“Because one is totally awful and the other isn’t.”
“Have you ever biked in a thunder storm?”
“No, but how bad can it be?”
We left the clean, dry, cozy hostel in Weimar under lowering skies but not before we had descended on the all-you-can-eat-for-seven-euros breakfast bar with incredible ferocity.
The other hostelites were picking at their food in a bored way when we swooped into the buffet like Fukdude and the Itonfly dudes on the fourth day of Man Tour. That was the day we emptied four giant tureens of oatmeal as the warm-up.
Woodrow and I piled our plates high with salami, black bread, fruit, cheese, and yogurt. I had three servings of cereal and cup after cup of scalding black coffee. The hostelites watched in amazed disgust as we returned again and again to the line.
On the road we immediately suffered from the three-mile ascent out of Weimar. Each day had been challenging, either from distance or terrain, and today we faced forty miles of endless rollers punctuated by short steep climbs.
We typically averaged about 10 mph but today was even less. Heavy bikes, backpacks, MTB tires, sneakers, and the constant undulations beat us down quickly.
What amazed me about my son was his refusal to complain and his good cheer. Over the course of the trip he had proved so easy to please: a hot shower, a full belly, a brief stop, ice cream on a sunny day, a cheeseburger when things were rough … this was the principal reason that traveling together was such a joy.
Then outside of Pfifferbach the deluge began. We threw on our jackets but the rain came so furiously that we were instantly drenched. Good thing I’d done sink laundry the night before. We rode for half an hour in the driving rain, which stopped as quickly as it had begun. The sun came out and soon we were completely dry.
In the distance we saw a McDonalds sign and raced for it. There was an outside patio with a canopy and we ordered big hot coffees. As we sat another huge thunderhead formed.
“Sure, but why?”
“You know how when it was raining back there and I was trying to stay with you?”
“Well, when it’s raining like that and you’re behind someone on a bike their rear wheel throws all the water and crap into your face and eyes.”
“Yep. It was horrible.”
“But not as bad as a plane crash?”
He laughed. “Close, though!”
At that moment the rain restarted. I pulled on a sweater and sipped my hot coffee as the rain pounded down. I thought about how nobody ever just waits out the rain anymore. Our schedules are too tight, and our means of conveyance make the weather irrelevant. Out in the rolling farmland a long way from the next stop on a bicycle you’re vulnerable, and it seems natural to sit back and wait it out.
Which we did.
July 18, 2015 § 23 Comments
Today was the day in this epic father-son odyssey that the boy became a man, that the weak, diffident, whiny, insecure weakling metamorphosed if not into a full man then at least into something with a visible pair of balls. And I think Woodrow may have grown a bit today as well.
I was feeling a bit of pain from Finger Blogging Syndrome, but that was nothing compared to my advanced case of Rotten Toeliosis, the result of too many days in the same rancid footwear. [Parental discretion advised for the following imagery.]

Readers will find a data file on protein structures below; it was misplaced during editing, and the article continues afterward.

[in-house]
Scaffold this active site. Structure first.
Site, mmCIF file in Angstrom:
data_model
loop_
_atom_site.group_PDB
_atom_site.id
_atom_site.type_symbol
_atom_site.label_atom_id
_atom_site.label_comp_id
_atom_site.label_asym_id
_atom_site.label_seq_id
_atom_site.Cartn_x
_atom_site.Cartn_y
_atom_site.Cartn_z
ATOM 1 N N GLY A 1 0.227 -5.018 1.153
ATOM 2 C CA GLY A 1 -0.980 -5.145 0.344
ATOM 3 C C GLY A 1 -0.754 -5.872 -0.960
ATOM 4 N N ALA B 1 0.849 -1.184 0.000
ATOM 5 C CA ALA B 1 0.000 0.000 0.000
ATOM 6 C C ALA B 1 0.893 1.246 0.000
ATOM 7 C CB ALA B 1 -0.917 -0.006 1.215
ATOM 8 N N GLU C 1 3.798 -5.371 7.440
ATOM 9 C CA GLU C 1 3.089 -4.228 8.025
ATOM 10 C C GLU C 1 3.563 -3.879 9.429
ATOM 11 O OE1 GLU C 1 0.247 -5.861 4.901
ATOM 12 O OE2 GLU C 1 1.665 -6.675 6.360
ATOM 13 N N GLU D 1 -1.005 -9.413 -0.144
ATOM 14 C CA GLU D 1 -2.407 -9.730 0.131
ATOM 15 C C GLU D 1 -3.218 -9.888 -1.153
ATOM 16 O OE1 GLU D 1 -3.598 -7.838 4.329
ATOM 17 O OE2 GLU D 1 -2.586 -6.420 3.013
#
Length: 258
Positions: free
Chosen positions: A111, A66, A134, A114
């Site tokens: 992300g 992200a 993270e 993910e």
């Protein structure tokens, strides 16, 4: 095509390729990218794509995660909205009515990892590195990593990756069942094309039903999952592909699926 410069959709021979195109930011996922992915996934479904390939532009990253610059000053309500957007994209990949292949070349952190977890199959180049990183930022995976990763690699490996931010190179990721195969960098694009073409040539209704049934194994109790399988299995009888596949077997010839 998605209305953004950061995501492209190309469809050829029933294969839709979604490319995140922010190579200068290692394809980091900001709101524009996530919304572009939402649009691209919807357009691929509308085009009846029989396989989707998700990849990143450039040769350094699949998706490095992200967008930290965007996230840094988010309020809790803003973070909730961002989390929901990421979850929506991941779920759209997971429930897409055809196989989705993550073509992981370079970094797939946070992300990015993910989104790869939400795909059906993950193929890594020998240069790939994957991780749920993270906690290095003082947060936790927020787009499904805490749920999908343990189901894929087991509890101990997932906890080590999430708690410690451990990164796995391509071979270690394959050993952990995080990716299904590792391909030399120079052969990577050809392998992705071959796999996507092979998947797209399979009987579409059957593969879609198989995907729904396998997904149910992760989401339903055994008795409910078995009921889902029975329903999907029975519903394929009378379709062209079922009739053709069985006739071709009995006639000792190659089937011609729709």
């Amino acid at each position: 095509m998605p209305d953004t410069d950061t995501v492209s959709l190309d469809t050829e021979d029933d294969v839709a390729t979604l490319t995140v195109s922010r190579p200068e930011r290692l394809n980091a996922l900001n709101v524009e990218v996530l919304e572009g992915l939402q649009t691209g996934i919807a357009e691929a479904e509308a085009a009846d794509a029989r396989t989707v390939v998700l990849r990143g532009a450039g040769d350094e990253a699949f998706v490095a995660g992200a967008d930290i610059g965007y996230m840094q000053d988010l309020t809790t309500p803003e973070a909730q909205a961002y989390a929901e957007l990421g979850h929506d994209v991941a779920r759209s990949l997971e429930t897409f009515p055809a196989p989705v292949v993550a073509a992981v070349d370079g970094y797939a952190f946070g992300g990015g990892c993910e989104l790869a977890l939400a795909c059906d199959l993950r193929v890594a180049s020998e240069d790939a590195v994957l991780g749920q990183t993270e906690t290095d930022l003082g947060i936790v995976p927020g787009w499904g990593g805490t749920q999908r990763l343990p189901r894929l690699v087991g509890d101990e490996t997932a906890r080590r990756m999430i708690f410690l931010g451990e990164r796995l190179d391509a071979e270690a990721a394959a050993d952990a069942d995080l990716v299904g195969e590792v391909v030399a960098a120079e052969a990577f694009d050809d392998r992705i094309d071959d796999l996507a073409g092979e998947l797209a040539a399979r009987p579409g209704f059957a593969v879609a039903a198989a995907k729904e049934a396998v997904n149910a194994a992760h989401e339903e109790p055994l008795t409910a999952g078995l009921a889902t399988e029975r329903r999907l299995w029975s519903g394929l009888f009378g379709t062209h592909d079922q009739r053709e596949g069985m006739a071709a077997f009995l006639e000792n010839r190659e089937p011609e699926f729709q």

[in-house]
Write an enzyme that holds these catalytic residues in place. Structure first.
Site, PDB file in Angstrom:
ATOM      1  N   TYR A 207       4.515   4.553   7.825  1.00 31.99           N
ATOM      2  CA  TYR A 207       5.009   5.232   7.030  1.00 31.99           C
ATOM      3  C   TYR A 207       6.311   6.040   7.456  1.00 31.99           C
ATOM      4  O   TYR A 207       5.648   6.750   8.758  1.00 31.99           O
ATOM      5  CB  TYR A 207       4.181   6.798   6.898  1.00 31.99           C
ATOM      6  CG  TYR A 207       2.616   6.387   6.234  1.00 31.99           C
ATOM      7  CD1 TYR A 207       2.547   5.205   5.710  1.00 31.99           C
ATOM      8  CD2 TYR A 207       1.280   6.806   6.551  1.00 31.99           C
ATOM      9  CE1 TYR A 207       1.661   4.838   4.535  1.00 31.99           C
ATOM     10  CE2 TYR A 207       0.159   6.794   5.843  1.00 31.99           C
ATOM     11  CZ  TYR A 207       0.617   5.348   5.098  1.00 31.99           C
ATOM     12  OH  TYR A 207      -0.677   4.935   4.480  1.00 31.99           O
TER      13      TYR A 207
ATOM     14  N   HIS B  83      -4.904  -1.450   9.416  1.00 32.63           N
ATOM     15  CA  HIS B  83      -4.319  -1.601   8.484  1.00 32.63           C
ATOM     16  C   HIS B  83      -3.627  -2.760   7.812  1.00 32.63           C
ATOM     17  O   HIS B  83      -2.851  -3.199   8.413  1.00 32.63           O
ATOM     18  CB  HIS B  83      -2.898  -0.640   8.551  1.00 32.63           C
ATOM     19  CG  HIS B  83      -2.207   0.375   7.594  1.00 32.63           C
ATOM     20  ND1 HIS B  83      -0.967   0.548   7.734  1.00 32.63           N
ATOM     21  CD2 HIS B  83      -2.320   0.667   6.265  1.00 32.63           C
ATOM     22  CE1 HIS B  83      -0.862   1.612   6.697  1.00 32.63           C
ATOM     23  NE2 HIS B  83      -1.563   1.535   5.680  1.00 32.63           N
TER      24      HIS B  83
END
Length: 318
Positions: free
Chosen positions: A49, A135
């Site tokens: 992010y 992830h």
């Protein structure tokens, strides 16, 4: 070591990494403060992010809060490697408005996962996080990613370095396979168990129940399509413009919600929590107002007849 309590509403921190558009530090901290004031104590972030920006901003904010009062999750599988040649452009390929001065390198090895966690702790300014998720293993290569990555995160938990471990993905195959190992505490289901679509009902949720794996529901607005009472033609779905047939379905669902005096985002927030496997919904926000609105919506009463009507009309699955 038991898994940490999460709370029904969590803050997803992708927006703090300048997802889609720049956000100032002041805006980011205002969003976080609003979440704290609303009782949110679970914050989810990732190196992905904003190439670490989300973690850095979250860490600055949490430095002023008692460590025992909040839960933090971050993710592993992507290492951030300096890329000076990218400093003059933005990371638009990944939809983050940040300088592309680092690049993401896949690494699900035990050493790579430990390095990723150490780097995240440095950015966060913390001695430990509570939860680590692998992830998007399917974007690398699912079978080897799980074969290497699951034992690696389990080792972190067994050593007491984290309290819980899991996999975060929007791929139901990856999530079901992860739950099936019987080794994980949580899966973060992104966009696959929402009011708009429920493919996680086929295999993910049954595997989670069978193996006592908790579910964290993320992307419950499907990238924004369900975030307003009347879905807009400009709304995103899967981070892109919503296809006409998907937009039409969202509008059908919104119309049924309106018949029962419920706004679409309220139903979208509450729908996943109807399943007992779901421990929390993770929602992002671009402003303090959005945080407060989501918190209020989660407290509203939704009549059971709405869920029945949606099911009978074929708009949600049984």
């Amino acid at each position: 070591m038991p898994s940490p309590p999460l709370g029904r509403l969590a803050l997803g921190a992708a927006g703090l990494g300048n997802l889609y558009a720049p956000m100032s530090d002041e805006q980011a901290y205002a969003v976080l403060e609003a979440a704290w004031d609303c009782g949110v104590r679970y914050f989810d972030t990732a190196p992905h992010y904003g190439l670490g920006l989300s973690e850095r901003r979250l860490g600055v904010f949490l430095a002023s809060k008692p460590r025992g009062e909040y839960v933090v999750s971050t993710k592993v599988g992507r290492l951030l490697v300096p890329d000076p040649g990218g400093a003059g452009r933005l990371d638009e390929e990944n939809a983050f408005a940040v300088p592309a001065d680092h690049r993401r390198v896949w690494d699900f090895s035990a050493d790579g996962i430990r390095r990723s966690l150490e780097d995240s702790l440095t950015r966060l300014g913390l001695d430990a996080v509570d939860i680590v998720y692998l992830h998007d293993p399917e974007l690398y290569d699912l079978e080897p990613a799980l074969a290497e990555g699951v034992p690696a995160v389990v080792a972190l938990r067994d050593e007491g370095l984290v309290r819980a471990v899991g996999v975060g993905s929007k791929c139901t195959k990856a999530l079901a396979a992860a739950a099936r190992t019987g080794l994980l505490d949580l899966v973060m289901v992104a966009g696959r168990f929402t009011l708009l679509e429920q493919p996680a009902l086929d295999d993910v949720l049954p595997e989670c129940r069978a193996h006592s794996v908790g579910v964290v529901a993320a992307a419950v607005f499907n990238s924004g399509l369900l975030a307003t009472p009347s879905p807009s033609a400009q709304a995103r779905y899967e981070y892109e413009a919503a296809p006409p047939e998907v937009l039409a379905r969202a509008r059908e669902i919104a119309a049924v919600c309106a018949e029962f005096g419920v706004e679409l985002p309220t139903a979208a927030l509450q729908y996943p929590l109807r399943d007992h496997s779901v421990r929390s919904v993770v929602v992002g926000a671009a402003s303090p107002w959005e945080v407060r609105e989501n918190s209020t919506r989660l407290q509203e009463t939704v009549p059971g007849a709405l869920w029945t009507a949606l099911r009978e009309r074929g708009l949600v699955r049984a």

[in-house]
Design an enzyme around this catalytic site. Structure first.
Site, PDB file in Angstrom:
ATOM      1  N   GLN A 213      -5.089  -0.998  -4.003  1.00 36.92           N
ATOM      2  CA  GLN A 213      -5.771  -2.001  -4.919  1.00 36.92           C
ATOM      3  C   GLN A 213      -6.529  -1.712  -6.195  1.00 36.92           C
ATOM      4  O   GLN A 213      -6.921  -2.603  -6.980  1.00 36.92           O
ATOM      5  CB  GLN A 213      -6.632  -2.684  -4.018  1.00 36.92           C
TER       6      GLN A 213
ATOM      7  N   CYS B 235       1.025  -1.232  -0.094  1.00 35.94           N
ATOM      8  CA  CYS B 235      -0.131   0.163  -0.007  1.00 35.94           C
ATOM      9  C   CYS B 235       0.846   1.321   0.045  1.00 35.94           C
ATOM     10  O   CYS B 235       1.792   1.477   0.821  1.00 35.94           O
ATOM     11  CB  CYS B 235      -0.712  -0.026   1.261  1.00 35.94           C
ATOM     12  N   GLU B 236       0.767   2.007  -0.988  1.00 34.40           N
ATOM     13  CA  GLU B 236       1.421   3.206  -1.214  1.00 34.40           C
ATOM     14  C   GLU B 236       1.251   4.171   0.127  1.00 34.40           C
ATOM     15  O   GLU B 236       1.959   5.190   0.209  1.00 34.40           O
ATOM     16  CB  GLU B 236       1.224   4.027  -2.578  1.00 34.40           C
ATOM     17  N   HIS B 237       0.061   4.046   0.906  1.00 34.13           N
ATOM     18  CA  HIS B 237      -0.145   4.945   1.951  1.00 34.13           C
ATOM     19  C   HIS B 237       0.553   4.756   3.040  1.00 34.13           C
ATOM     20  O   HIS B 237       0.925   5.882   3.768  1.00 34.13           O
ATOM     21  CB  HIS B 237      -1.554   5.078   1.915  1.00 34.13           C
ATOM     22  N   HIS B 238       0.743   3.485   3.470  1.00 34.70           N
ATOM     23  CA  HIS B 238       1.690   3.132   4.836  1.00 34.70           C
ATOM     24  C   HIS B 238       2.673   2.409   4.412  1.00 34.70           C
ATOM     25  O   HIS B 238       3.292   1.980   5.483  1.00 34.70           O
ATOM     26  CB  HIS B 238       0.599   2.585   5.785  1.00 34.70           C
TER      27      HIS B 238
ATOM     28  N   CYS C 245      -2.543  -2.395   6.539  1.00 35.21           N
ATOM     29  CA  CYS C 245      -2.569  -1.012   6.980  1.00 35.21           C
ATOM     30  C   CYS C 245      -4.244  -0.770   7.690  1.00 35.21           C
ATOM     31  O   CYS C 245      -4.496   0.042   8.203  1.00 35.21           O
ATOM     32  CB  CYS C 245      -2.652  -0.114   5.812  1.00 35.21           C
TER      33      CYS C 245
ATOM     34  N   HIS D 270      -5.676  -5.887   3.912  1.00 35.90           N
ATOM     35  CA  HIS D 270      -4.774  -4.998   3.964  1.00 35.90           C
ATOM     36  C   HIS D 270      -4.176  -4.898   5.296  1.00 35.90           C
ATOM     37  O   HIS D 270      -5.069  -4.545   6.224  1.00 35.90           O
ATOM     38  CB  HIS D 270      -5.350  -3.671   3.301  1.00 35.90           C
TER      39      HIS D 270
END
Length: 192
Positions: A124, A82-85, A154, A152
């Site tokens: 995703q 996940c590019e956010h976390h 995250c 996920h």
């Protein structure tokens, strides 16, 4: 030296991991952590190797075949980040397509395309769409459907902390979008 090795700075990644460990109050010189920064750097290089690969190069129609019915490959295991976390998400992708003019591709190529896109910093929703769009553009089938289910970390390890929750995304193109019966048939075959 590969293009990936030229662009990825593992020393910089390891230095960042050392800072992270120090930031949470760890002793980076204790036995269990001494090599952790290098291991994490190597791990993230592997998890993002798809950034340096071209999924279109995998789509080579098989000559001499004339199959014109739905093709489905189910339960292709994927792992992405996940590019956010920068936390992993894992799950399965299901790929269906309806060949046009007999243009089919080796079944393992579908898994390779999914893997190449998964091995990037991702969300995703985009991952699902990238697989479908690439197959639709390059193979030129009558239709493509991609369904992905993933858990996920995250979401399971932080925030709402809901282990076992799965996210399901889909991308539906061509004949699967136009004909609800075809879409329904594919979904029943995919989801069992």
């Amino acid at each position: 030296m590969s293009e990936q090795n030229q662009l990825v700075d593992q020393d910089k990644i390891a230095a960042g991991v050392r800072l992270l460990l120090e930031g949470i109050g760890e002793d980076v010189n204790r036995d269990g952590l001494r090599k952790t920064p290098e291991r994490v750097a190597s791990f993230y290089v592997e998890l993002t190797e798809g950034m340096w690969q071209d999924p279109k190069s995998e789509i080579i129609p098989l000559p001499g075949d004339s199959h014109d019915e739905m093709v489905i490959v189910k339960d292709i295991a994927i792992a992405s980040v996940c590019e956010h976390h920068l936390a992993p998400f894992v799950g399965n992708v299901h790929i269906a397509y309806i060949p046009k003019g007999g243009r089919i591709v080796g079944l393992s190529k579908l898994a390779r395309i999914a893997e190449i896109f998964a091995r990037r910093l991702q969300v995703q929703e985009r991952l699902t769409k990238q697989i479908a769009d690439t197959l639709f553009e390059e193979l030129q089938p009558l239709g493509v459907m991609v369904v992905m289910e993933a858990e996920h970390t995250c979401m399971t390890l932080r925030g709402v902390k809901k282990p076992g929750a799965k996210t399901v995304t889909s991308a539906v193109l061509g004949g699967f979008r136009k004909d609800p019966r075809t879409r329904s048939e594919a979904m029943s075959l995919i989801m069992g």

Anticipating huge rain all day we left the youth hostel prison at six sharp after a quick snack of black bread and warm milk, and began what would be an unforgettable day of riding.
Things went great right from the start, as in right downhill all the way back to Wutha. We turned onto the bike path for what would be our first stop, in Gotha.
“They’ll have awesome breakfasts and coffee at the station,” I assured Woodrow, who was skeptical and hungry, a bad combo.
“The last time you were really confident I almost died.”
“What’s that supposed to mean?”
“The first day I asked why we weren’t using helmets and you said because we would be going so slow.”
“On the descent into Limburg we were passing cars at 70kph.”
There is a huge infrastructure of bike routes throughout the state of Thuringen, a combination of bike paths and side streets that are very well signed and that take you through countless beautiful small towns, through woods, and along rivers and creeks.
We saw so much of the old DDR, buildings essentially unaltered and cobbled roads unchanged from the bad old days of communism. The down side to the bike routes is that they can be up to double the length of normal roads, which sucks when you’re tired.
All the way to Gotha and Erfurt it was essentially downhill with a whipping tailwind. We had terrible food at Joey’s Pizza in Erfurt (who could have guessed?) and totally missed the hip part of town filled with bistros and sidewalk cafes.
However, the rain refused to fall, and when Woodrow gave me the I’m-exhausted-can-take-the-train face, I ignored it and we set out for the final leg of our trip to Weimar.
We knocked out the final segment on nothing but fumes, and collapsed in the town square. “Where’s our hotel?”
“Uh, just up the road a little.”
“Up the road ten miles like last time?” Woodrow asked.
“No, just a couple.” We slogged out if town uphill all the way as storm clouds gathered. We missed the gigantic hostel and blindly pounded up the mountain. When I realized the mistake three miles later Woodrow smiled with his characteristic good humor. “At least we get to go downhil!”
We bombed it just ahead of the raindrops and upon entering our room Woodrow shouted, “Look, Dad! The toilet, shower, and beds are all in one room!”
We did a little happy dance, then we did laundry, and then we were done.